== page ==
Several of my friends have recently given up their gym memberships to save some badly needed bucks by working out at home instead. To do that properly, you need some equipment. Life Fitness, the folks known for their treadmills and elliptical trainers, are seeking to rise to the occasion with their new Body Shape Kit and Body Shape Kit Plus.
By Su Reid-St. John
Several of my friends have recently given up their gym memberships to save some badly needed bucks by working out at home instead. To do that properly, you need some equipment. Life Fitness, the folks known for their treadmills and elliptical trainers, are rising to the occasion with their new Body Shape Kit and Body Shape Kit Plus.
Both contain almost everything you could think of to outfit a basic home gym:
- Heart rate/pedometer watch
- 2 exercise DVDs
- 65-cm stability ball (with pump)
- Pair of 3-lb hand weights
- 2 resistance tubes
- 2 resistance rings
- An exercise mat (and even a towel!)
The Kit Plus also includes an 8-pound medicine ball, a foam roller, and an equipment mat to go under your treadmill or elliptical (assuming you have one; more on that below).
The heart rate/pedometer watch is relatively easy to program and it measures your heart rate via a fingertip sensor on the watch face, so you don’t have to wear a pesky chest strap. But I was suspicious of the pedometer from the get-go—how accurate could it be, attached to a body part completely unconnected to your lower half? Not very, it turns out. I put it on and sat at my desk. By the time I stood up, I’d already “walked” 21 paces. It wasn't much more accurate once I started walking.
The two DVDs offer four different circuit workouts, all 30–35 minutes long. The strength moves are interesting, using all of the equipment in the kit (a really nice variety), and the instructor gives a lot of good form tips. You have a choice of levels to follow, too—basic or more challenging. That’s all good.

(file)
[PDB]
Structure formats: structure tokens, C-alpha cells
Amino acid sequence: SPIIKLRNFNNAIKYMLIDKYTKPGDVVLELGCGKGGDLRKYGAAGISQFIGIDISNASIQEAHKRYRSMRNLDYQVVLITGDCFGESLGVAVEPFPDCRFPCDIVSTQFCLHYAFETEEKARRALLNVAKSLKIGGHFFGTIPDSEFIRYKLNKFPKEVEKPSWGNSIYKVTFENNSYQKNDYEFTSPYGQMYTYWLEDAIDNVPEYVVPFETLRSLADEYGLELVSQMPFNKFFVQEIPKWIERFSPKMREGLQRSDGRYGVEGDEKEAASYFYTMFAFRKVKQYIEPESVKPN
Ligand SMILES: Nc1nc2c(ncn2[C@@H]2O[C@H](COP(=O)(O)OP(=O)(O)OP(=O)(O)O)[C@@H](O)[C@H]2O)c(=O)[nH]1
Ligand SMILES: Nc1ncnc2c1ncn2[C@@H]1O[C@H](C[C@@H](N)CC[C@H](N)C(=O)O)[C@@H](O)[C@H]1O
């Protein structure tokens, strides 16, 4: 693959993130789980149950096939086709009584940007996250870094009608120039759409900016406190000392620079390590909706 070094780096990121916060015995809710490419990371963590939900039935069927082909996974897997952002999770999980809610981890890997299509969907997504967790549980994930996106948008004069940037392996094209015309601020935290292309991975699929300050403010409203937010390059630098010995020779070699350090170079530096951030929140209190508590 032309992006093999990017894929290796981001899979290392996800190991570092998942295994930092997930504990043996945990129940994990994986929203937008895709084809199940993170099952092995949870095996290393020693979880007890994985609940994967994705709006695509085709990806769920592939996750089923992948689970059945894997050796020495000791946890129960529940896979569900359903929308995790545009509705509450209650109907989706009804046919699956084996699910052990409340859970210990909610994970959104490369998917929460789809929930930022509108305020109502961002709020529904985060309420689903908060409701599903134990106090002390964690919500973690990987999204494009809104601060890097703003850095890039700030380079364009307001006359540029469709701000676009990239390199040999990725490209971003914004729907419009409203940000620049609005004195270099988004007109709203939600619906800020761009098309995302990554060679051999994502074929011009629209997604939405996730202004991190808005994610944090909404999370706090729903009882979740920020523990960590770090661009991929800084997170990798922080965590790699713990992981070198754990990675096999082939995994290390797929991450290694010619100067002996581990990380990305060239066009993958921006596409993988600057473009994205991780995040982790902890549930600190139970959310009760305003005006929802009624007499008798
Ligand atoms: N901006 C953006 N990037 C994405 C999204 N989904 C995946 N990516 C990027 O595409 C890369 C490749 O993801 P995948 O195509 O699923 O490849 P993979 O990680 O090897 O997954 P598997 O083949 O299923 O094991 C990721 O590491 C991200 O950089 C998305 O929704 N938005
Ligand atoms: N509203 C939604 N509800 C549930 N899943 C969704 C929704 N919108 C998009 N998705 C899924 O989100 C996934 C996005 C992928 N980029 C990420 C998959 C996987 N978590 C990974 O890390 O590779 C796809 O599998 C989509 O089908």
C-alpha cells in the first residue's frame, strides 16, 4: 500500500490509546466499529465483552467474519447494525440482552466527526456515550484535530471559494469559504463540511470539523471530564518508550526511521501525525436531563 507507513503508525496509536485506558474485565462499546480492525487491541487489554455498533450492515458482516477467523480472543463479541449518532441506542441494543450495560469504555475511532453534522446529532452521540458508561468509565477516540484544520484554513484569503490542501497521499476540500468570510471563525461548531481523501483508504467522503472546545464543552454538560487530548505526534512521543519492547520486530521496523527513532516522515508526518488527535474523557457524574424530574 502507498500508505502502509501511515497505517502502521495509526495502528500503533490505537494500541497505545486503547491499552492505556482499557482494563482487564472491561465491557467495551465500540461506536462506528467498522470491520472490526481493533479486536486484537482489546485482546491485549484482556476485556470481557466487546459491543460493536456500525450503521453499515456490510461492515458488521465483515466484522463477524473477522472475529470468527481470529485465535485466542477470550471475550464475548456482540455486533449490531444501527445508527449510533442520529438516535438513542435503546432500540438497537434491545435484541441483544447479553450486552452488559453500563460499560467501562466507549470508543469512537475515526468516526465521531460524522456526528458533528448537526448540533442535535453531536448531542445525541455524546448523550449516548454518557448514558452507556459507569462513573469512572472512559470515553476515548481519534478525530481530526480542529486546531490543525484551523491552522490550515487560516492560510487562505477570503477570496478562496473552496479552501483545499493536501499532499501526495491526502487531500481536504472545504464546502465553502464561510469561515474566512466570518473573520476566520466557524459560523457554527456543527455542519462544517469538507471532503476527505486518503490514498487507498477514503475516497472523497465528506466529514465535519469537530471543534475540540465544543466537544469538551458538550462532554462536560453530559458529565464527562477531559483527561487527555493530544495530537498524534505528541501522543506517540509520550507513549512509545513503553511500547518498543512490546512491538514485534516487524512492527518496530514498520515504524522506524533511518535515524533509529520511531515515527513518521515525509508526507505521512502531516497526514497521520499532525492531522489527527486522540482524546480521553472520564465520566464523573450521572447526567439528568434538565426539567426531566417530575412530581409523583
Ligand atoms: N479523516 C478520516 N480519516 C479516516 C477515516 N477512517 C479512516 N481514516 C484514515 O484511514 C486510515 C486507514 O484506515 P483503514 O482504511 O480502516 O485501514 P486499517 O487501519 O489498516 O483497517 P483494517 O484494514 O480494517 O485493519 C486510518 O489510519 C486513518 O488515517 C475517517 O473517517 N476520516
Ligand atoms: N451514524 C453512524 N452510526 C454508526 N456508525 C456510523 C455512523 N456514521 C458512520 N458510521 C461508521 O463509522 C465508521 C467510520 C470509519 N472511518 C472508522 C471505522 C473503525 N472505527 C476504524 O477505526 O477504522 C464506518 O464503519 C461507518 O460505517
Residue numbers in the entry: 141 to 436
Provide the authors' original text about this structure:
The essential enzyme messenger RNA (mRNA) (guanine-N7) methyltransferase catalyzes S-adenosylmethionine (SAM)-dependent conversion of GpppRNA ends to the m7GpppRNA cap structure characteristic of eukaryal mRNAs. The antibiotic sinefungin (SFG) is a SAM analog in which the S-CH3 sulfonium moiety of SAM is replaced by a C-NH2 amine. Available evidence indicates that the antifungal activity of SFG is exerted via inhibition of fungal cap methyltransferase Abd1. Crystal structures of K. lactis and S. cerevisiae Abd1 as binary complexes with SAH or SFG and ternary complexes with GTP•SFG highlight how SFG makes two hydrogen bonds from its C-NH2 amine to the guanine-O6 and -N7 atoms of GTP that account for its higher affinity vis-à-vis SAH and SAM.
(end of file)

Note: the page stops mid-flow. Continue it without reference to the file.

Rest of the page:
I had an issue, though, with the cardio portions of the circuits. The Life Fitness folks assume you own a cardio machine (preferably one of their treadmills or ellipticals is the message I got). The instructor makes a half-hearted mention about how you can go walk or bike outside instead, but really, who’s going to pause a DVD to go walk or bike outside for five minutes?
The other pieces in the kits are well-made and of obviously good quality. I wonder, though, about only including 3-pound hand weights; unless you’re a complete beginner, those aren’t going to last you very long, and you’ll need to buy heavier ones in order to keep building strength. Maybe in the future, Life Fitness could offer a choice of weights, depending on your level of experience and strength.
One more thing worth noting: You get a lot in these kits, but they’re a little pricey. I did some googling to find items of comparable quality and determined that I could put my own kit together for around $200—and that’s including the extras in the $399 Plus version. Sure, it’s easier to just order them together, but is that convenience worth paying twice as much?
With a few tweaks from the company, it might be. Are you listening, Life Fitness?
Products: Body Shape Kit and Body Shape Kit Plus
Pros: The kits include an excellent variety of equipment, all of good quality, equaling an easy way to put together an almost-complete home gym. The instruction on the strength portions of the DVDs is solid, and the heart rate watch is easy to program and use.
Cons: The pedometer feature on the watch is inaccurate, the DVDs assume you own a cardio machine, and the hand weights are too light for most exercisers. Also, the kits are a little pricey.
Cost: $299 for the Body Shape Kit and $399 for the Body Shape Kit Plus at www.LifeFitness.com
Extra tip: Use the Workout Program Calendar in the “Your Personal Body Shape Plan” brochure, which comes with the kits, to help you set up an effective weekly workout plan.